Main reference: Story in Sinafinance

A CHINESE WOMAN lost nearly all of her investment in just one month betting on spot agricultural commodities.

In China’s agricultural heartland of Hubei Province in the city of Wuhan, Ms. Liu managed to lose around 90% of her original 260,000 yuan capital while trying to make a few bucks on the commodities exchange.

And around 100 people in the investing group on chat forum QQ that she frequents also claim to have suffered “major losses” playing the exchange.

So how did Ms. Liu’s catastrophic crop failure come about?

agriculture_fjcoopSpot trading activity often influences how much we pay at the local produce stand.     Photo: fjcoopShe was lured early on by small initial gains which ended up draining her life savings in the blink of an eye.

With the A-share market struggling to gain any positive traction for most of the year, it’s understandable how investors might be looking for a quick alternative to boost their returns.

So with relatively new and non-traditional trading platforms like the spot agricultural commodities exchange, it’s inevitable that some might get drawn in fast and deep without first conducting research or consultation.

In fact it appears that sales and trading agents for the various electronic agricultural trading venues are specifically targeting traditional shareholders who are tired of watching their money gather moss or deteriorate in a sluggish bourse.

A sales agent for a Hunan Province-based electronic agri-exchange surnamed Wang said he contacted the above-mentioned Ms. Liu in May and used the following sales pitch to lure her into the system.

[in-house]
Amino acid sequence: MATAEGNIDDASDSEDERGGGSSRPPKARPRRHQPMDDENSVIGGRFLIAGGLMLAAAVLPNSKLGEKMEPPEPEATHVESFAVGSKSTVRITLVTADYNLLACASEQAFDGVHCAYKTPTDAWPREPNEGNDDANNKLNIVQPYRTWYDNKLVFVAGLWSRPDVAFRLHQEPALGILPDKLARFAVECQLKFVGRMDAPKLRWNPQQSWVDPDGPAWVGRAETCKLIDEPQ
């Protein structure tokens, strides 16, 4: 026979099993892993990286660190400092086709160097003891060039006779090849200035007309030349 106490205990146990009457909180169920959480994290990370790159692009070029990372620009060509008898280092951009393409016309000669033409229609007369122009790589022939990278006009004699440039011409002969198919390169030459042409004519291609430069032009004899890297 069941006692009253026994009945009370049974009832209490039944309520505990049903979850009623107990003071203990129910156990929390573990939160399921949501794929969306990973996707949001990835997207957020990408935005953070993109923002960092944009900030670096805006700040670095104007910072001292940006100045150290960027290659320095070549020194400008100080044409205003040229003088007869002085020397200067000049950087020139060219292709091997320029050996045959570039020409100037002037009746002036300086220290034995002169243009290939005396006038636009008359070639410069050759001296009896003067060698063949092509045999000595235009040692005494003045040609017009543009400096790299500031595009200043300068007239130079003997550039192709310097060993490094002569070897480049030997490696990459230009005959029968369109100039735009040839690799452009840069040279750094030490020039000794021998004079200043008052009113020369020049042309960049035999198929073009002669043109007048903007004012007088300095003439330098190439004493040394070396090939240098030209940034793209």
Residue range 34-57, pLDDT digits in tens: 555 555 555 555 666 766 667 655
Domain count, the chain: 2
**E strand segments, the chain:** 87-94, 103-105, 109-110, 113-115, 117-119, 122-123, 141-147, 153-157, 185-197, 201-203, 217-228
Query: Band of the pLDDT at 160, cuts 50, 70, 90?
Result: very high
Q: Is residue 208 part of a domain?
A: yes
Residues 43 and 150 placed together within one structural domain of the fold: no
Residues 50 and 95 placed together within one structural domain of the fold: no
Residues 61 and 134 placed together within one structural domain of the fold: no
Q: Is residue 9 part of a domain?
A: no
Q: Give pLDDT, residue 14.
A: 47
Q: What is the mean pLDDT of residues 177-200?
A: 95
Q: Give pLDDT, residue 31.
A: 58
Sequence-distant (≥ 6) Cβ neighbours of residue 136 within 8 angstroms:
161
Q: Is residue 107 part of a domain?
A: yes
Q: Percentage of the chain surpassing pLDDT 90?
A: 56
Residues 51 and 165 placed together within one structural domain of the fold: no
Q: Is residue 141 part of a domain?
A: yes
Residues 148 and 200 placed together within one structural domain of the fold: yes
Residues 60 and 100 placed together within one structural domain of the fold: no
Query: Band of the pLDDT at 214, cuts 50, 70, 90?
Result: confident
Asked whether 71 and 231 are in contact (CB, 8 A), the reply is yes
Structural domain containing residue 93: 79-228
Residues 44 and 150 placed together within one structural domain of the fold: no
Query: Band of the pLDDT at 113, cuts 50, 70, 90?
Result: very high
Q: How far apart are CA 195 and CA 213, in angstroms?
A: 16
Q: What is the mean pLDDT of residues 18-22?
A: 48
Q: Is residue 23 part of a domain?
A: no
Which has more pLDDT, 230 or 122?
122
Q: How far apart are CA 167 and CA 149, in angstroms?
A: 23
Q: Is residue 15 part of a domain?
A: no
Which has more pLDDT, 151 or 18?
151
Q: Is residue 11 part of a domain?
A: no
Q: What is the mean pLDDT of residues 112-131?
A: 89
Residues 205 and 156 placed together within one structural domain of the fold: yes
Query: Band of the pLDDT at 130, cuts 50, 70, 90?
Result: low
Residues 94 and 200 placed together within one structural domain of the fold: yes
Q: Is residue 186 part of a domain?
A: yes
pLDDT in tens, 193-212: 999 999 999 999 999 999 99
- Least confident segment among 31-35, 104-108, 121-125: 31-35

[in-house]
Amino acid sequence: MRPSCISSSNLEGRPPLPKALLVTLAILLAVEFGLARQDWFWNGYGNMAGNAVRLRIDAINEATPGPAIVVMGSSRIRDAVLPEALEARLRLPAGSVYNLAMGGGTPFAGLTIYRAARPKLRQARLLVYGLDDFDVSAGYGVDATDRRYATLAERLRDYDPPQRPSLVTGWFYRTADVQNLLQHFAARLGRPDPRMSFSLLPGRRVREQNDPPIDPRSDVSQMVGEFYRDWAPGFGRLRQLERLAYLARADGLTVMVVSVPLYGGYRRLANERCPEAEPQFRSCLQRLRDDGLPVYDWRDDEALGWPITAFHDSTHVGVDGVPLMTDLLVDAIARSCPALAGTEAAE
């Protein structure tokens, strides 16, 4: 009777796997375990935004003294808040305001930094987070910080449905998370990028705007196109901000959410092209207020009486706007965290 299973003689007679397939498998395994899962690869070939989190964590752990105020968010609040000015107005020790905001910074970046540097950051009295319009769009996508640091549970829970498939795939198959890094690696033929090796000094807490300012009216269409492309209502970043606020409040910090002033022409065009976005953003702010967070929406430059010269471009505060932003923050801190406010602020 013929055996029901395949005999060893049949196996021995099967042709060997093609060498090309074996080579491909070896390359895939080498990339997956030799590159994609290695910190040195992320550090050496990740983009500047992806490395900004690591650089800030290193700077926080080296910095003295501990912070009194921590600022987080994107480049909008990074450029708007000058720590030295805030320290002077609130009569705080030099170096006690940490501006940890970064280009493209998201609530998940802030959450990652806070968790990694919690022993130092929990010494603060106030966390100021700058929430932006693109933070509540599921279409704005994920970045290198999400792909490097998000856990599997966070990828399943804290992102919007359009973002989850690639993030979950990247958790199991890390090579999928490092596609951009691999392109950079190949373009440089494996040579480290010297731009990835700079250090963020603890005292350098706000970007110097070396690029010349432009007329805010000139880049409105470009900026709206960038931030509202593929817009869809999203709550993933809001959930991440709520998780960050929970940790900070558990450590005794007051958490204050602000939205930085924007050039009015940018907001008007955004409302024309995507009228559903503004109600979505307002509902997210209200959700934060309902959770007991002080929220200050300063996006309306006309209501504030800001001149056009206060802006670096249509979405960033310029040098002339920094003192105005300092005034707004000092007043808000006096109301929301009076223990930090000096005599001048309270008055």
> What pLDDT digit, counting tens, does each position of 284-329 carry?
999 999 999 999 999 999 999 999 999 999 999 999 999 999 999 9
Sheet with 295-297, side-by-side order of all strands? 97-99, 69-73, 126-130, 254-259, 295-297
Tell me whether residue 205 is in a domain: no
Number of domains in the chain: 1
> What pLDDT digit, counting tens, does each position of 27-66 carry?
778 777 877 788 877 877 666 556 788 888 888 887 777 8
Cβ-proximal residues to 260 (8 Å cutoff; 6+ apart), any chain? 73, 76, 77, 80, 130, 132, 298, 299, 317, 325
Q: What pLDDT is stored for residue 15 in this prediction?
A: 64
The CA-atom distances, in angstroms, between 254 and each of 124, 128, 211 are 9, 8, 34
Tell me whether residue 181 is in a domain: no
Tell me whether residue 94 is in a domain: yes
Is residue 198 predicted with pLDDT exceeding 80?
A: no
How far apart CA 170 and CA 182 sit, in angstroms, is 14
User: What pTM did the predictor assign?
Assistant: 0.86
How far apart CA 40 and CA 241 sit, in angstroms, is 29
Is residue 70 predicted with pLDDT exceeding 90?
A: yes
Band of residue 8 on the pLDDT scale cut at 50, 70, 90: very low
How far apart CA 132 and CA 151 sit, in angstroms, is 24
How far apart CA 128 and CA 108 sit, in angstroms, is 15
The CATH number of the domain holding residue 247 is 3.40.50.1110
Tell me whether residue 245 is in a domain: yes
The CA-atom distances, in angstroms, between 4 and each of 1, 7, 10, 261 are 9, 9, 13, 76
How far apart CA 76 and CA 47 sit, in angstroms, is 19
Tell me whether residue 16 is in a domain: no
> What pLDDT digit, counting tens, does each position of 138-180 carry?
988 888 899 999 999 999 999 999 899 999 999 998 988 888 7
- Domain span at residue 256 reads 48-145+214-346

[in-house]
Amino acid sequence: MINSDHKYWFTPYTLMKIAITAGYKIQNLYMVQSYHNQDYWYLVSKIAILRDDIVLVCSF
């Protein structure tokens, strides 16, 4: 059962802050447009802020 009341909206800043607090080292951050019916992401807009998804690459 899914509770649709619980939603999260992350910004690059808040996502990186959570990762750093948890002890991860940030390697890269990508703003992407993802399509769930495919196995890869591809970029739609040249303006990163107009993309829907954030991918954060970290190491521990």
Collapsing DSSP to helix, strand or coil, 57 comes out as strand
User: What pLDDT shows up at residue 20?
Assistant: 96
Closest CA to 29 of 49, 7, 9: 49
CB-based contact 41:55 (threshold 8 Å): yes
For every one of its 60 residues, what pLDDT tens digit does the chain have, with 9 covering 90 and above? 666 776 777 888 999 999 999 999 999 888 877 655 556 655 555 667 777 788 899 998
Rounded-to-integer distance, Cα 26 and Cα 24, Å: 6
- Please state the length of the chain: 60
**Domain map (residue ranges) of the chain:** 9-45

“Spot agricultural trade is a snap, and you can make money regardless of whether commodity prices rise or fall.

“Even if you lose a bit of your investment, you always have the option of cashing in for tangible assets... and I’ll help guide you through the whole process,” Mr. Wang said to Ms. Liu.

With ample company resources at his avail, Mr. Wang went so far as to apply for a trading ID card for Ms. Liu, even gifting her with 5,000 yuan startup capital to allow her to “try her hand” at agricultural spot trading.

At first, Ms. Liu treaded gingerly, dabbing in tea leaves – a first choice which rewarded her with an over 5% daily return.

But the trap was expertly laid by Mr. Wang and Ms. Liu continued to take the bait, investing some 80,000 yuan after just a week of “trying her hand” at spot trading.

sc10_29China's recent China share performance (above) has prompted many to look elsewhere, like agricultural spot trading.      Source: Yahoo Finance


After building up a mutual trust of sorts and allowing Ms. Liu to get her feet wet and make a handsome initial return, Mr. Wang felt his client’s guard was sufficiently lowered and he went in for the kill.

Out of the blue, he called Ms. Liu and urged her to put all her capital into the exchange on a few commodities.

As she was doing the deed, the persistent salesman called again, telling her to quickly jump back out of various investments when spot prices hit agreed upon levels.

But just after hanging up with her “financial advisor,” she found that the electronic agricultural commodities spot trading platform was suddenly unresponsive, with buy/sell command options inexplicably inoperable.

During the mystery technical glitch – which lasted 48 hours -- the price for her chosen commodities had drastically fluctuated.

But the hapless Ms. Liu was only able to sadly sit in front of her monitor watching 30,000 yuan of her hard-earned money placed in her commodity of choice disappear the first day, and then another 50,000 the second.

She also realized that her other investments in the exchange all bottomed out over the same period, and it was soon painfully evident that just 31,000 yuan of her original 260,000 investment was left to her name.

All this time, her friendly advisor Mr. Wang was unreachable.

Ms. Liu shared her tragic loss as a warning to others about the dangers of electronic spot trade in agricultural commodities – we should not blindly trust salesman for the agricultural exchange lest we end up reaping what we sow.



See also:

What Bullish A-Shares Might Look Like 

 


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